Other People and Their Decisions

It was eerily the same, but so, so very different.

I couldn’t help be confounded by the similarities in our situations.  Dawn and Todd were in love, happy, and away at school.  One day she, just like me, went to the drugstore and discovered her life was going to change.  But that’s about where the similarities ended.

Maybe it was because they had both watched me go through it, and they realized it wasn’t the end of the world.  After all, here we were, and my son was the best thing in my life.  He was a sweet, smiling, well behaved baby who made every single person who met him smile.  He played quietly under his baby gym while I studied, napped while I did his laundry, and without incident spent happy hours at daycare while I attended classes at college.  From the outside looking in, I’ll admit, we made a happy picture.  I loved my son, and it was obvious to anyone who spent time with us.  We were like a happy ending without knowing the prelude.

So when Dawn and Todd found themselves in a similar situation, it probably didn’t seem like that big a deal.  They’d stay together and have the baby; Todd knew from spending endless hours with me and Zachary that it would be something he’d enjoy.   They presented a united front to both sets of parents about their situation (they having already been living together in an off campus apartment) and everyone was supportive.

So supportive, in fact, that Todd’s parents agreed to pay for their rent at married housing, if Dawn and Todd qualified.

Dawn asked me to be her maid of honor, and I agreed.  Quickly, we put together plans for a wedding shower (me being an old pro after working on my sister’s a few months prior) and wedding to follow the next weekend.  Since I still had a perfectly serviceable dress, all we had to do is find Dawn her gown and set up the details.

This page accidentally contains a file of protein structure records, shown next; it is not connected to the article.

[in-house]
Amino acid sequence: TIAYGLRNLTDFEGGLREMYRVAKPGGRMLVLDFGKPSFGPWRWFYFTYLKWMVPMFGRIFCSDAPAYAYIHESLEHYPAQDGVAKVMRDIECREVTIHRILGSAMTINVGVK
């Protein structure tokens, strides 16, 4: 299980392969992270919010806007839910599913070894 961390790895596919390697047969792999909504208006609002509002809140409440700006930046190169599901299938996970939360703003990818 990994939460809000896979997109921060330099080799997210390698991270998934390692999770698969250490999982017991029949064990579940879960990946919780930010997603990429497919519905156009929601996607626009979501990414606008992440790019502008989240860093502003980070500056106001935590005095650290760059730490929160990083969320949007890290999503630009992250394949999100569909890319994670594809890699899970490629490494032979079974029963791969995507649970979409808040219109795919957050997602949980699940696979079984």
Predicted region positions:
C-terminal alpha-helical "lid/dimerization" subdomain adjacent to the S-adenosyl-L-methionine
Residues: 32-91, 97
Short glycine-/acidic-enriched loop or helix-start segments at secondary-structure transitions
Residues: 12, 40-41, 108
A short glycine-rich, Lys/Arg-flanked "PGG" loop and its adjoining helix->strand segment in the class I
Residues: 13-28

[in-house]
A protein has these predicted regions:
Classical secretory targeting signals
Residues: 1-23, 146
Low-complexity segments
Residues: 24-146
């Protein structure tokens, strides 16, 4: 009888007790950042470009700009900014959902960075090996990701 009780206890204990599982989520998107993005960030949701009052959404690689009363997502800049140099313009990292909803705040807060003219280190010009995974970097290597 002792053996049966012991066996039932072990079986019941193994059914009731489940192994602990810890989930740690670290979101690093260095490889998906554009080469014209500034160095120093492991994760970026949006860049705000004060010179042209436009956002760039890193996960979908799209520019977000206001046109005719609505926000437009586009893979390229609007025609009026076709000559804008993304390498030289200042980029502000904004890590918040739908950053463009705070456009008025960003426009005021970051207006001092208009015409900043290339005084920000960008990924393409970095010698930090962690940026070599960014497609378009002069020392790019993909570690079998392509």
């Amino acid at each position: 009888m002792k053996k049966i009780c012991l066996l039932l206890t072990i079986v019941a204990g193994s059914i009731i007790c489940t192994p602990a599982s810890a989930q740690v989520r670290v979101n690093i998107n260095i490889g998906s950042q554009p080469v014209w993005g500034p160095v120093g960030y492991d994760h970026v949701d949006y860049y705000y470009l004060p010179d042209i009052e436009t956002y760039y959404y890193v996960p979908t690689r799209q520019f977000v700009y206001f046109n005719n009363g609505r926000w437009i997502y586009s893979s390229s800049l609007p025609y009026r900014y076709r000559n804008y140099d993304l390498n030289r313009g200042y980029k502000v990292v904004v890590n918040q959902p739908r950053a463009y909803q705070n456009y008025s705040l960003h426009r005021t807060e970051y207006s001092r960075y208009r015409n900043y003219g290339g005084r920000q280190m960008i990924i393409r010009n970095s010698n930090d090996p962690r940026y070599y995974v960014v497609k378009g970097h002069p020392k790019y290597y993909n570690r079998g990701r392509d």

In the same amount of time it took for me and Joe to break up, Dawn and Todd decided to get married, planned a wedding and slipped rings on each other’s fingers.  I was happy for them; they seemed to be really in love, and we all acknowledged every “shotgun wedding” joke that could be made, all in good fun.  True, we were all still too young to legally drink a toast to the wedding, but here we were, making grown up decisions just the same.

At the reception, as I bounced Zachary on my hip, one of the guests that I didn’t know asked about my sweet, well tempered baby and complimented me on him.  I thanked the stranger, not unused to such a compliment.  And then, a comment that threw me:

“He must look just like your husband.”

My cheeks grew bright red.  To tell or not to tell?  Of course no one had a baby all by themselves; such a thing was unheard of.  Should I correct the person or swallow my eighteen months of regret flashing before my eyes right now?  What to do, what to say?

“Thank you,” I answered weakly.  “He does,” I answered as I turned to walk away.

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